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Non-invasive characterization of amyotrophic lateral sclerosis in a hTDP-43 A315T mouse model: A PET-MR study

  • Weerasekera, Akila1, 2
  • Crabbé, Melissa3, 4
  • Tomé, Sandra O.5
  • Gsell, Willy1
  • Sima, Diana6, 7
  • Casteels, Cindy3, 4
  • Dresselaers, Tom8
  • Deroose, Christophe3, 4
  • Van Huffel, Sabine7
  • Rudolf Thal, Dietmar5, 9
  • Van Damme, Philip10, 11, 12
  • Himmelreich, Uwe1
  • 1 Biomedical MRI Unit/MoSAIC, Department of Imaging and Pathology, KU Leuven, Leuven, Belgium
  • 2 A.A. Martinos Center for Biomedical Imaging, Massachusetts General Hospital, Harvard Medical School (MGH/HMS), Boston, MA, USA
  • 3 Division of Nuclear Medicine, Department of Imaging and Pathology, KU Leuven, Belgium
  • 4 MoSAIC - Molecular Small Animal Imaging Centre, KU Leuven, Leuven, Belgium
  • 5 Laboratory for Neuropathology, Department of Neurosciences, KU Leuven, Leuven, Belgium
  • 6 Icometrix, R&D department, Leuven, Belgium
  • 7 Department of Electrical Engineering (ESAT), STADIUS Center for Dynamical Systems, Signal Processing and Data Analytics, KU Leuven, Leuven, Belgium
  • 8 Division of Radiology, Department of Imaging and Pathology, University Hospitals Leuven, Leuven, Belgium
  • 9 Department of Pathology, University Hospitals Leuven, Leuven, Belgium
  • 10 Laboratory of Neurobiology, Department of Neurosciences, KU Leuven, Leuven, Belgium
  • 11 Center for Brain & Disease Research, VIB, Leuven, Belgium
  • 12 Department of Neurology, University Hospitals Leuven, Leuven, Belgium
Published Article
NeuroImage Clinical
Publication Date
Jun 25, 2020
DOI: 10.1016/j.nicl.2020.102327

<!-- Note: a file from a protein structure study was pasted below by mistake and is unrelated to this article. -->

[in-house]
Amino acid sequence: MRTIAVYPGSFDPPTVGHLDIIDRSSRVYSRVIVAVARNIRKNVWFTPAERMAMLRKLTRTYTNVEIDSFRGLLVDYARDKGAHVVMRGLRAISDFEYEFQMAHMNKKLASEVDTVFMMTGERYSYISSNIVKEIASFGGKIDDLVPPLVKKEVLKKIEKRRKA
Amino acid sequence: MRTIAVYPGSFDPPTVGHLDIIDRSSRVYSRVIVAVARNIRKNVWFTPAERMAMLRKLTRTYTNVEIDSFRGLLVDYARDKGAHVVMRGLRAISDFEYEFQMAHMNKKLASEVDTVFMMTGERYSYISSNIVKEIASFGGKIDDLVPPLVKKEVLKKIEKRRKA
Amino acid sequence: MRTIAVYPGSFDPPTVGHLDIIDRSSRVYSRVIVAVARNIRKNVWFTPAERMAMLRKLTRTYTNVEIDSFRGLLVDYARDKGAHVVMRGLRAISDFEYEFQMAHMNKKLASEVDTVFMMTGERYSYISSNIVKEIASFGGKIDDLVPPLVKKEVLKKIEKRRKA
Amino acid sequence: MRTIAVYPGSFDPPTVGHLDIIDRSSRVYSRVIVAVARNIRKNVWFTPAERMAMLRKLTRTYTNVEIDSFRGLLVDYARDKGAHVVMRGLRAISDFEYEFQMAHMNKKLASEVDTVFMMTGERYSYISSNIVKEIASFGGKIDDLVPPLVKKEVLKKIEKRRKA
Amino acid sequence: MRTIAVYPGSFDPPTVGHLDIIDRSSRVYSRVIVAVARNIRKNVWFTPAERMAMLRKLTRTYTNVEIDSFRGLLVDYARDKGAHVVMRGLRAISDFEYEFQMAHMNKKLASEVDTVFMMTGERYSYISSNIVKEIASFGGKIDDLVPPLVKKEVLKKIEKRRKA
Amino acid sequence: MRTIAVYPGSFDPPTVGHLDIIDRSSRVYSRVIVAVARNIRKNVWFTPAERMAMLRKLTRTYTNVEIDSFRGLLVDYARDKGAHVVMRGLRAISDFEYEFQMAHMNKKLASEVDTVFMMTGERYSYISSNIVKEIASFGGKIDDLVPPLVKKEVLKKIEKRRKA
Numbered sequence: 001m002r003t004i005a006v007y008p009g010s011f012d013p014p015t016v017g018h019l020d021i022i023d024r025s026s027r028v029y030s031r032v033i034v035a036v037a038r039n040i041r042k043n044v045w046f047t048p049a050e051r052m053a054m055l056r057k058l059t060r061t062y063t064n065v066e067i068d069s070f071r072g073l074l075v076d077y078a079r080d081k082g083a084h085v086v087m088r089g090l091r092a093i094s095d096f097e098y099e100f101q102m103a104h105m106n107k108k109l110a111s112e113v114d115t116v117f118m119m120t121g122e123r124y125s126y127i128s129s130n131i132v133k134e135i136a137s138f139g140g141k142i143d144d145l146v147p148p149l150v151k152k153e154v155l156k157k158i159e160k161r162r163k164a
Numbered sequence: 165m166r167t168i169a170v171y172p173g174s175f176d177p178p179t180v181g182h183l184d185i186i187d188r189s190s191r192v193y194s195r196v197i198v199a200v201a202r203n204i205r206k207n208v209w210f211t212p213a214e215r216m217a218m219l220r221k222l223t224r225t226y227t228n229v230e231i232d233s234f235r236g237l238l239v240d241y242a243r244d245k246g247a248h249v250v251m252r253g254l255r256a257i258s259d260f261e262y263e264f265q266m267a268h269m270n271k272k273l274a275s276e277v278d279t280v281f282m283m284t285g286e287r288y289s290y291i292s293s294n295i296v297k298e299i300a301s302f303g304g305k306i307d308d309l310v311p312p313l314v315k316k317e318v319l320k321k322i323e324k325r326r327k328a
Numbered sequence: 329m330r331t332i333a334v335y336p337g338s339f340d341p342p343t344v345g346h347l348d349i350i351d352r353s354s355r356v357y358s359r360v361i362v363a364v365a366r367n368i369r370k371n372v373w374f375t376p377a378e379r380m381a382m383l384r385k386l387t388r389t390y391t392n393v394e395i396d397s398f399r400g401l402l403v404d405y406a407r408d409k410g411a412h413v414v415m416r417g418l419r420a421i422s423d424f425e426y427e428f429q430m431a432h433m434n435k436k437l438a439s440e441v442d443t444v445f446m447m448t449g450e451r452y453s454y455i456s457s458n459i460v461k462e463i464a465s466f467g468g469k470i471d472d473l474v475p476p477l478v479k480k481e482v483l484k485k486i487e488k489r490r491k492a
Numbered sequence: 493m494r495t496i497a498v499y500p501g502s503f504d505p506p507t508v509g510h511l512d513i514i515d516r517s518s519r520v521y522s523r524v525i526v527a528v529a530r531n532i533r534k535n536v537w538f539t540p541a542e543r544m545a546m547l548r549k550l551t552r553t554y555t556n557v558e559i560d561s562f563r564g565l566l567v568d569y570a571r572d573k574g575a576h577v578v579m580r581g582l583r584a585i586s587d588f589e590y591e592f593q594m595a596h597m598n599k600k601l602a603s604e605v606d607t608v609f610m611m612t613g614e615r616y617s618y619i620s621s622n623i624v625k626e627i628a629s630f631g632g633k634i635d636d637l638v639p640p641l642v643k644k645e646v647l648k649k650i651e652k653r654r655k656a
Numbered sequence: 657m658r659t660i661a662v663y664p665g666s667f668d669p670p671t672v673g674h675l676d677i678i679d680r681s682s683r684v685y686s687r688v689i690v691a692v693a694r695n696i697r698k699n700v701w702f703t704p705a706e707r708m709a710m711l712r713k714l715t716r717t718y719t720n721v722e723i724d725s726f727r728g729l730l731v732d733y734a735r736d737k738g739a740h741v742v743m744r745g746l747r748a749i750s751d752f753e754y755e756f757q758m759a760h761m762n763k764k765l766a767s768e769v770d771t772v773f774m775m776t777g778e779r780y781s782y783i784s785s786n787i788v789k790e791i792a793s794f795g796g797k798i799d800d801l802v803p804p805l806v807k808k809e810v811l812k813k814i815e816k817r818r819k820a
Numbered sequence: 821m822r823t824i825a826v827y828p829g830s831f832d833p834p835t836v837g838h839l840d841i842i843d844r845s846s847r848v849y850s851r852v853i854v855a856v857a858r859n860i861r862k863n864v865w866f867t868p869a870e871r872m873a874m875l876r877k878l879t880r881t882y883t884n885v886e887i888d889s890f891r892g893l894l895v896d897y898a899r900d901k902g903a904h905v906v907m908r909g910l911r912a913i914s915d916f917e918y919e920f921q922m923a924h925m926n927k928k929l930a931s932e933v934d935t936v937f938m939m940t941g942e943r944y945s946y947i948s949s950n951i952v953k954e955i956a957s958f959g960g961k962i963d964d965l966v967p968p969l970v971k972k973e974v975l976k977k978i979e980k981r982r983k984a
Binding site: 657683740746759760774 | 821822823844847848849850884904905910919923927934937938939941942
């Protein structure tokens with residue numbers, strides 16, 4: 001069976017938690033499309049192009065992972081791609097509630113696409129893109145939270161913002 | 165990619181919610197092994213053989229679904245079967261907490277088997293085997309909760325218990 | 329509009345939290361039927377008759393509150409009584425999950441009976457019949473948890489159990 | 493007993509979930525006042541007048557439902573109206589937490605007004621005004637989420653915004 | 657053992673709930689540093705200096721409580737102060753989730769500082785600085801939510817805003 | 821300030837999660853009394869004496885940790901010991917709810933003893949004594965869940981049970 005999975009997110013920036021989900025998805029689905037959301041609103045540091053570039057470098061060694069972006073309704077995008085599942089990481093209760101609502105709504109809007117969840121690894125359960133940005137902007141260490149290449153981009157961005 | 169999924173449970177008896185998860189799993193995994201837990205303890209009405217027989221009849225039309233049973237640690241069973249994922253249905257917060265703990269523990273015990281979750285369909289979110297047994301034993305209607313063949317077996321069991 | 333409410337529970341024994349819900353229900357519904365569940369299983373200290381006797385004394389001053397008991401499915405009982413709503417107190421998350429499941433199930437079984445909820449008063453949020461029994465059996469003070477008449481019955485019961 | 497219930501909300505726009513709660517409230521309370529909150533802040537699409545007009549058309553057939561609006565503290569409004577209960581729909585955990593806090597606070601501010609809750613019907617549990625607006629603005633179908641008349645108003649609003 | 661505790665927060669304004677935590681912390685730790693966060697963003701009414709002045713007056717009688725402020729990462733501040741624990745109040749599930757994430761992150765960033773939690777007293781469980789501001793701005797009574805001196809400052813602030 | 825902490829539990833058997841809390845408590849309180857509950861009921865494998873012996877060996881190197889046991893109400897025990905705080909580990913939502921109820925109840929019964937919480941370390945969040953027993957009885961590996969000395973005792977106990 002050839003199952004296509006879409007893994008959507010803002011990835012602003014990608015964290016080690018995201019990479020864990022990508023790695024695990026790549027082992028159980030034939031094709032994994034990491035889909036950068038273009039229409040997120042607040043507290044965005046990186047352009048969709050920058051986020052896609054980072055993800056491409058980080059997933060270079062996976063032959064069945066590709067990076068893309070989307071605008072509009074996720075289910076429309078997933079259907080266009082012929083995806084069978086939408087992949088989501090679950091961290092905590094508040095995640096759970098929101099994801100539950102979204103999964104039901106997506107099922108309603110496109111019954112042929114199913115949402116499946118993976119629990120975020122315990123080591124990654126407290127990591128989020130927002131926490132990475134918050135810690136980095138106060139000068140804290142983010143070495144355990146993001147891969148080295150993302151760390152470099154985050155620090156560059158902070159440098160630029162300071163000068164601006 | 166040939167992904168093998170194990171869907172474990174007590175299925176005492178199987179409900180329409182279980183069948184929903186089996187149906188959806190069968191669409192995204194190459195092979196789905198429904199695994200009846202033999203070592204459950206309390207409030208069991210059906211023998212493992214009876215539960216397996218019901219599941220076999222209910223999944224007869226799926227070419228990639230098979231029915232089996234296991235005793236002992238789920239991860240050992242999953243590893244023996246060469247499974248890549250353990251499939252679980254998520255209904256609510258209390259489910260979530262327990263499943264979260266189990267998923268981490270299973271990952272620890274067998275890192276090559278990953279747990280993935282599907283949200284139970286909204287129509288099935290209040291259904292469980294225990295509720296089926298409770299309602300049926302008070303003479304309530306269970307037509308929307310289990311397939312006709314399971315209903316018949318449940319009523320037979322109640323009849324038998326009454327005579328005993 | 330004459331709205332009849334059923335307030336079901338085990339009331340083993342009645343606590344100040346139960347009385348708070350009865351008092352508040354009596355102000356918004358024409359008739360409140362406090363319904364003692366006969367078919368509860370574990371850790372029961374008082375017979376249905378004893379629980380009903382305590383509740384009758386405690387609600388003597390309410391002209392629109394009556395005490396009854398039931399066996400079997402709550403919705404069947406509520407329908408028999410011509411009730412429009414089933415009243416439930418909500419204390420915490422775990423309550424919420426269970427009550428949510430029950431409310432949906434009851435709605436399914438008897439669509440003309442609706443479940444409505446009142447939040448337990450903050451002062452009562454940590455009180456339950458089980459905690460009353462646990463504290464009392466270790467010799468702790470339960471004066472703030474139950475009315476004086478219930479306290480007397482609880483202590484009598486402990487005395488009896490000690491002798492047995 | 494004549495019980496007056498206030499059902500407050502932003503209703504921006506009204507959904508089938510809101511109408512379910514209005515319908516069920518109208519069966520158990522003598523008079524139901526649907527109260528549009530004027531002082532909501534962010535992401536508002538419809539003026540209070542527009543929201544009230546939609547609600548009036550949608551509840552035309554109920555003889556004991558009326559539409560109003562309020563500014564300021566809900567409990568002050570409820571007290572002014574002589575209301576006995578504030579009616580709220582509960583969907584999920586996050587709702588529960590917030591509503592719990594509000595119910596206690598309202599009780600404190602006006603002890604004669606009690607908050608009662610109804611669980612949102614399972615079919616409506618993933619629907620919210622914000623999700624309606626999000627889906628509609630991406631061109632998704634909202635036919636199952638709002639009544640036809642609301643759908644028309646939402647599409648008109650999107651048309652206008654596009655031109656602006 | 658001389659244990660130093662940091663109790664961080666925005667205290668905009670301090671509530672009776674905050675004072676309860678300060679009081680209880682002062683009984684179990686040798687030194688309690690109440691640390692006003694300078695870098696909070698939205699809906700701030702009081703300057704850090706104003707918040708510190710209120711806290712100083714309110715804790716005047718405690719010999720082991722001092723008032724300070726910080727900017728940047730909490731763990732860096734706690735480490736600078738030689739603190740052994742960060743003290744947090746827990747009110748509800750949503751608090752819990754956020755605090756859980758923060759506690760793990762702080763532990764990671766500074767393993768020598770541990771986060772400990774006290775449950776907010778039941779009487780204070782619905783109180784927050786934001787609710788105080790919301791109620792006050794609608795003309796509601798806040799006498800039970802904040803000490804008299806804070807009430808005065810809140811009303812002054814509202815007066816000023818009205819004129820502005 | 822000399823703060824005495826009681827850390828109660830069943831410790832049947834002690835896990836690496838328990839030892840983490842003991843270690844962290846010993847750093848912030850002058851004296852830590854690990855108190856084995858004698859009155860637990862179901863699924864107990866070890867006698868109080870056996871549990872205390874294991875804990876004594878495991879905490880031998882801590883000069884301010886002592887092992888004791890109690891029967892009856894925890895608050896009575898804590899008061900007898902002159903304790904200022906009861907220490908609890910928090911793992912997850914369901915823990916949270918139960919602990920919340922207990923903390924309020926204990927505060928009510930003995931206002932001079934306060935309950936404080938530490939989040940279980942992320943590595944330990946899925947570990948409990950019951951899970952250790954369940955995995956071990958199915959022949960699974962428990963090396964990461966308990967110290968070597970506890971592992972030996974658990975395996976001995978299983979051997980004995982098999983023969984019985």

PMID: 32653817
PMCID: PMC7352080
PubMed Central


Currently TAR DNA binding protein 43 (TDP-43) pathology, underlying Amyotrophic Lateral Sclerosis (ALS), remains poorly understood which hinders both clinical diagnosis and drug discovery efforts. To better comprehend the disease pathophysiology, positron emission tomography (PET) and multi-parametric magnetic resonance imaging (mp-MRI) provide a non-invasive mode to investigate molecular, structural, and neurochemical abnormalities in vivo . For the first time, we report the findings of a longitudinal PET-MR study in the TDP-43A315T ALS mouse model, investigating disease-related changes in the mouse brain. 2-deoxy-2-[18F]fluoro-D-glucose [18F]FDG PET showed significantly lowered glucose metabolism in the motor and somatosensory cortices of TDP-43A315T mice whereas metabolism was elevated in the region covering the bilateral substantia nigra, reticular and amygdaloid nucleus between 3 and 7 months of age, as compared to non-transgenic controls. MR spectroscopy data showed significant changes in glutamate + glutamine (Glx) and choline levels in the motor cortex and hindbrain of TDP-43A315T mice compared to controls. Cerebral blood flow (CBF) measurements, using an arterial spin labelling approach, showed no significant age- or group-dependent changes in brain perfusion. Diffusion MRI indices demonstrated transient changes in different motor areas of the brain in TDP-43A315T mice around 14 months of age. Cytoplasmic TDP-43 proteinaceous inclusions were observed in the brains of symptomatic, 18-month-old mice, but not in non-symptomatic transgenic or wild-type mice. Our results reveal that disease- and age-related functional and neurochemical alterations, together with limited structural changes, occur in specific brain regions of transgenic TDP-43A315T mice, as compared to their healthy counterparts. Altogether these findings shed new light on TDP-43A315T disease pathogenesis and may prove useful for clinical management of ALS.

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